That’s good news for us, but it also means that we - literally in this case - can’t pass the buck. If CWD reaches California, it will be because people brought it here. Whatever ravages the disease inflicts on wildlife, on hunter interest and engagement, and on lost conservation dollars, will be squarely on human shoulders.

Given the scope of changes that will be required to address CWD, there is a real risk that some hunters will simply avoid dealing with the problem – and that’s a dangerous approach. It’s dangerous because people move deer and other cervids around a lot farther than the animals would naturally move themselves. It’s dangerous because biologists and researchers rely on hunter-supplied data to understand what’s happening on the landscape. It’s dangerous for a lot of reasons, and because of these dangers it’s important that every hunter who harvests an animal from an area with active or suspected CWD get their harvest tested. Testing is even available and encouraged for hunters who harvest a deer within California, as surveillance is a key aspect of ensuring the state is still CWD free (sampling locations linked below).

One of the challenges involved in encouraging more hunters to get their harvests tested is due to the testing process itself, as it can take upwards of a month or more in some states for hunters who submit samples to receive their results. After all the work that goes into a successful hunt, it can be hard to wait that long before sharing the bounty with family and friends. If we are going to ask people to alter their habits and test their harvests in large numbers, some additional clarity could certainly be helpful.

So what is it about the process that does take so long? As it turns out, it depends very much on where you are. Minnesota is the standout for rapid results, reporting back to hunters in an average of four days according to Kip Adams of the Quality Deer Management Association (“QDMA”) and the 2020 QDMA Whitetail Report. Many other states take substantially longer, with an average wait time across the U.S. of 36 days.

The reason for such a major difference in wait times across states comes down to resources. The testing process for CWD is not an easy one; in one illustrative testing procedure the lymph nodes need to be extracted from the animal, pulverized into a powder or solution, and subject to a series of purifications, incubations, and analysis requiring a host of specialized machines in order to separate the misfolded proteins from the healthy ones before the actual test to determine if the offending prions are present can even be performed. This is manual and time-consuming, and state agencies are often overwhelmed by the volume. More resources are certainly needed, and faster testing procedures are under development (albeit with an uncertain timeline), but for now the demand for testing is simply putting a strain on available capacity.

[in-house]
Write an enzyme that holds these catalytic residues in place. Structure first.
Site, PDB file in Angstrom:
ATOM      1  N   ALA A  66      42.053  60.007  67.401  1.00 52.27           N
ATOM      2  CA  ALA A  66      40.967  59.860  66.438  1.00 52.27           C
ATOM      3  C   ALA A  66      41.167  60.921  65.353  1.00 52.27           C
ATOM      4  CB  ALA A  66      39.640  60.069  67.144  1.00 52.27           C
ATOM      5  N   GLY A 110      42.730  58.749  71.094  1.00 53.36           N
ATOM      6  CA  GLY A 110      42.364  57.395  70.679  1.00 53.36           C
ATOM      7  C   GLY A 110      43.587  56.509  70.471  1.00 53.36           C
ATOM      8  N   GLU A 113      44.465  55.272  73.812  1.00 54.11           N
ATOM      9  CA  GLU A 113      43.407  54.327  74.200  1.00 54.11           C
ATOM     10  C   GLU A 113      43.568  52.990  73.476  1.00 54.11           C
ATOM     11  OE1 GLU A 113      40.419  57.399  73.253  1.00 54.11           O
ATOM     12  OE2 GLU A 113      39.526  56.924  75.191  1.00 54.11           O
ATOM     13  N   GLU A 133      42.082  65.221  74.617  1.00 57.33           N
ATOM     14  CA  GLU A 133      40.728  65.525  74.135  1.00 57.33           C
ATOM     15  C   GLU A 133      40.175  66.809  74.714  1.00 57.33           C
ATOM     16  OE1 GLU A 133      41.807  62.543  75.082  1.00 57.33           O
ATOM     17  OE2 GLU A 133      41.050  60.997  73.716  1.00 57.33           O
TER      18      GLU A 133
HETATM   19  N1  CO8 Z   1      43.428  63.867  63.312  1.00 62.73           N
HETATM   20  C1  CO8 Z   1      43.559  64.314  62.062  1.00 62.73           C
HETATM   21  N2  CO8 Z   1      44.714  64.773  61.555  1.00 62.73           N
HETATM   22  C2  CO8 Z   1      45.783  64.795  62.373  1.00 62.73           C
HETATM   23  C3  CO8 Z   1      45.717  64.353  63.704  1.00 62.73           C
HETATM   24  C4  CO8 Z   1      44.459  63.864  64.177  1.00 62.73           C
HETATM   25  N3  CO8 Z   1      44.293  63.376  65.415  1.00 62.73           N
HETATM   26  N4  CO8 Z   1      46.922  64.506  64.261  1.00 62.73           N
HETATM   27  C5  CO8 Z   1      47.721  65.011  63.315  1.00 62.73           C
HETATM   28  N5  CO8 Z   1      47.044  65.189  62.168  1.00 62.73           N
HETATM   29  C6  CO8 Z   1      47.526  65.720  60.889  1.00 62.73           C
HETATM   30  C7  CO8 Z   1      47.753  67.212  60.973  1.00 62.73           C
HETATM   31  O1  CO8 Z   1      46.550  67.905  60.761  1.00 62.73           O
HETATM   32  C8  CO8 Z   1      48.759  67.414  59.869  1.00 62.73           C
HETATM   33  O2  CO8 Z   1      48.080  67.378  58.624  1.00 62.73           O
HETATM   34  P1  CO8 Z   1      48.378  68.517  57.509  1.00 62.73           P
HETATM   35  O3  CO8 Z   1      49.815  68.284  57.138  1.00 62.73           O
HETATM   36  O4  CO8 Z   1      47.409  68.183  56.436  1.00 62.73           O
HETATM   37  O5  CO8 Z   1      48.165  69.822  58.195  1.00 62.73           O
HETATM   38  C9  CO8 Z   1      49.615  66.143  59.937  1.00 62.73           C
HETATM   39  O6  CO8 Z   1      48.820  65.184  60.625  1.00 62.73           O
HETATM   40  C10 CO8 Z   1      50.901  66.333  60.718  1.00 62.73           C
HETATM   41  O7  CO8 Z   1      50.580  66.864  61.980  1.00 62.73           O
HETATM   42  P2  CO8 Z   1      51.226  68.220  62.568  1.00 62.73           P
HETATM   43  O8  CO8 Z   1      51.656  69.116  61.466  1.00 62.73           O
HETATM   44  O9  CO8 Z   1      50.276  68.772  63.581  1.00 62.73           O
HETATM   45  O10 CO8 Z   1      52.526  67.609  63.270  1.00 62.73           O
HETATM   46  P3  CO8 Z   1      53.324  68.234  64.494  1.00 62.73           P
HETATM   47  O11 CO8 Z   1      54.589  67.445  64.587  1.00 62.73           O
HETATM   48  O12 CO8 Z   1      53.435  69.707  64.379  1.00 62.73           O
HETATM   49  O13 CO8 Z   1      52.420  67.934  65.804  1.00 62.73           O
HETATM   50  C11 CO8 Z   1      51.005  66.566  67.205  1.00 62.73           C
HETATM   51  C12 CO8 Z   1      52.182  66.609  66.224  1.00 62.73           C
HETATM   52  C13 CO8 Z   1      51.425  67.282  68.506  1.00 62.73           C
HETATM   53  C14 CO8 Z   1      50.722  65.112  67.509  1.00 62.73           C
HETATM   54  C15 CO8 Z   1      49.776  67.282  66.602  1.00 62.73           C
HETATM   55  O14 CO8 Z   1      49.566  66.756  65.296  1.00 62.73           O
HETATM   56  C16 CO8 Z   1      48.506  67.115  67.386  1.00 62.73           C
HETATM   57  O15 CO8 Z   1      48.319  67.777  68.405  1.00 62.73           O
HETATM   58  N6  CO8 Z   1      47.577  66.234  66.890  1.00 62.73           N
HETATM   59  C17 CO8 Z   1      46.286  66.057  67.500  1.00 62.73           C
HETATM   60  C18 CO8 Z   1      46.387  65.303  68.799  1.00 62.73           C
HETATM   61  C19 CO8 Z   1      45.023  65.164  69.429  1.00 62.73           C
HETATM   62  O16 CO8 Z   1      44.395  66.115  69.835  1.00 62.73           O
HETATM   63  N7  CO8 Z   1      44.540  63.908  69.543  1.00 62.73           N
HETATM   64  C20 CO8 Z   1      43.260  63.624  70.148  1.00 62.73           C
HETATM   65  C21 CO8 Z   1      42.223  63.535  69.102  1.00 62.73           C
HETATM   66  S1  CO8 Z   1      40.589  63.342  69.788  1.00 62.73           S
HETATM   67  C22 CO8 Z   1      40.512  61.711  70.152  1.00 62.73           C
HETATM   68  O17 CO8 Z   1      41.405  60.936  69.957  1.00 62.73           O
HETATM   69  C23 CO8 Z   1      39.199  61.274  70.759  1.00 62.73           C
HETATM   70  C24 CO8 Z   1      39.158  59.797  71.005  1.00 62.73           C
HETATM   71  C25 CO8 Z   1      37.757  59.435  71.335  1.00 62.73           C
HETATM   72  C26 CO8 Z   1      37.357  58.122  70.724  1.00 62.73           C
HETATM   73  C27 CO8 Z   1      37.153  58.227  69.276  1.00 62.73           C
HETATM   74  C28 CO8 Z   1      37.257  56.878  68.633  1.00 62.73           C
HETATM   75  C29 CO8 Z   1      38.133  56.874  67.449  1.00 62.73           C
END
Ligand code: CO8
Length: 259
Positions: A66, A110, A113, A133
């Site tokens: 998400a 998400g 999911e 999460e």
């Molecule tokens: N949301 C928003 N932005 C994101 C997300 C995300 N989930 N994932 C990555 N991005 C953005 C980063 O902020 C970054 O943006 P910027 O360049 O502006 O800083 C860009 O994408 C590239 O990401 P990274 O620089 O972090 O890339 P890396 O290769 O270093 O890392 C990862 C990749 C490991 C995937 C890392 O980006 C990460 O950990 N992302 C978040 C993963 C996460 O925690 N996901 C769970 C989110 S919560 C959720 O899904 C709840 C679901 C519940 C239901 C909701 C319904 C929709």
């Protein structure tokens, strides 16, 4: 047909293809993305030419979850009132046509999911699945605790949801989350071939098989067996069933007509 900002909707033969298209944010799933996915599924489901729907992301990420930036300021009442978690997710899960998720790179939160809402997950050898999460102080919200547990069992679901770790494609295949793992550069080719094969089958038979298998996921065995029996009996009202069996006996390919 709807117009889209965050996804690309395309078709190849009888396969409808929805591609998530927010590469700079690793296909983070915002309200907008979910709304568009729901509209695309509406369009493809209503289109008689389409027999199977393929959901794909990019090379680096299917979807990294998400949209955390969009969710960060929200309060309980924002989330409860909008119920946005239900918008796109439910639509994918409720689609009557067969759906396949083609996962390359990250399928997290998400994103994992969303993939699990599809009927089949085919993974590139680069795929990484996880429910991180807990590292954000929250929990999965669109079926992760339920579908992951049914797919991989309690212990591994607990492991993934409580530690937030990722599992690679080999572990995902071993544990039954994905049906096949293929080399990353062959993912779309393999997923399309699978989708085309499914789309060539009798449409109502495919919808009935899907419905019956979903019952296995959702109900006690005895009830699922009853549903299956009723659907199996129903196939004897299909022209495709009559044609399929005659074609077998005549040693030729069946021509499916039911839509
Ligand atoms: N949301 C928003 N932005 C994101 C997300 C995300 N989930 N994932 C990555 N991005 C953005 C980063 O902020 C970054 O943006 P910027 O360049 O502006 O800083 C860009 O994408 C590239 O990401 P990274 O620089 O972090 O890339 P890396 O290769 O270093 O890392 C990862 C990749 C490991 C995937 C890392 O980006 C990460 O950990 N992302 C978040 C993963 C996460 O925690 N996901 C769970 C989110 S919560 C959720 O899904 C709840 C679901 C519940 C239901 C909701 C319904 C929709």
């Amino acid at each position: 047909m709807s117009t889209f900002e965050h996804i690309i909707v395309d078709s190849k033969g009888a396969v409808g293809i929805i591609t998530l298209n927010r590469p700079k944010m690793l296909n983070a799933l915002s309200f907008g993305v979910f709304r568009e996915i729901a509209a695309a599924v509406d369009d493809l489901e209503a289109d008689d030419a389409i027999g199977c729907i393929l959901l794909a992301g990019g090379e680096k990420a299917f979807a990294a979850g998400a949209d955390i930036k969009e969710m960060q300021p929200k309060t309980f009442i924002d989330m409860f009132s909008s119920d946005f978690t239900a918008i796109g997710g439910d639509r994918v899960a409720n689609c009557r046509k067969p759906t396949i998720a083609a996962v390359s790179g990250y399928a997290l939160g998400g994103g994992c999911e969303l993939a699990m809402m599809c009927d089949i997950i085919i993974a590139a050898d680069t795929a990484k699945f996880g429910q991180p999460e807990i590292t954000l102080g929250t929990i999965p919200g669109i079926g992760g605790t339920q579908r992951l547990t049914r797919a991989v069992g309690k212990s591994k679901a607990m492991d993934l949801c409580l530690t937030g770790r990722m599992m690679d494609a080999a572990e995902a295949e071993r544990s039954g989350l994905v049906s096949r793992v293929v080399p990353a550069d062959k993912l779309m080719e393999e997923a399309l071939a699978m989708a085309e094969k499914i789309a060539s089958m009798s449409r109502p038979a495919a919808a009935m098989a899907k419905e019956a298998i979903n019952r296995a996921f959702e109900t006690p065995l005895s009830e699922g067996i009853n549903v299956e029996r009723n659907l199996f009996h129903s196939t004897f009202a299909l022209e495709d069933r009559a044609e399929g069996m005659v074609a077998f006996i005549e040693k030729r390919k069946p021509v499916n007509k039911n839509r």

Despite these challenges, the continued spread of this disease can and should be avoided. We don’t know everything there is to know about CWD, but we do know enough about how it spreads to prevent it reaching an area as geographically isolated as California if we take precautions. As things stand now, those of us lucky enough to harvest a deer after spending days or weeks in the Sierras or the Trinity Alps can hike out confident that the meat on our backs is clean and unaffected by this disease that currently impacts much of the country. With the stakes so high, the precautions we undertake now will pay dividends for wildlife and hunters for generations to come.

For more information:


California information and testing locations:

About Nick Fasciano

Nick lives in Boise and currently volunteers as the Idaho Chapter Policy Chair. He is accustomed to wading into the waters of conservation policy and is committed to helping ensure the public land hunting and fishing opportunities we have in Idaho.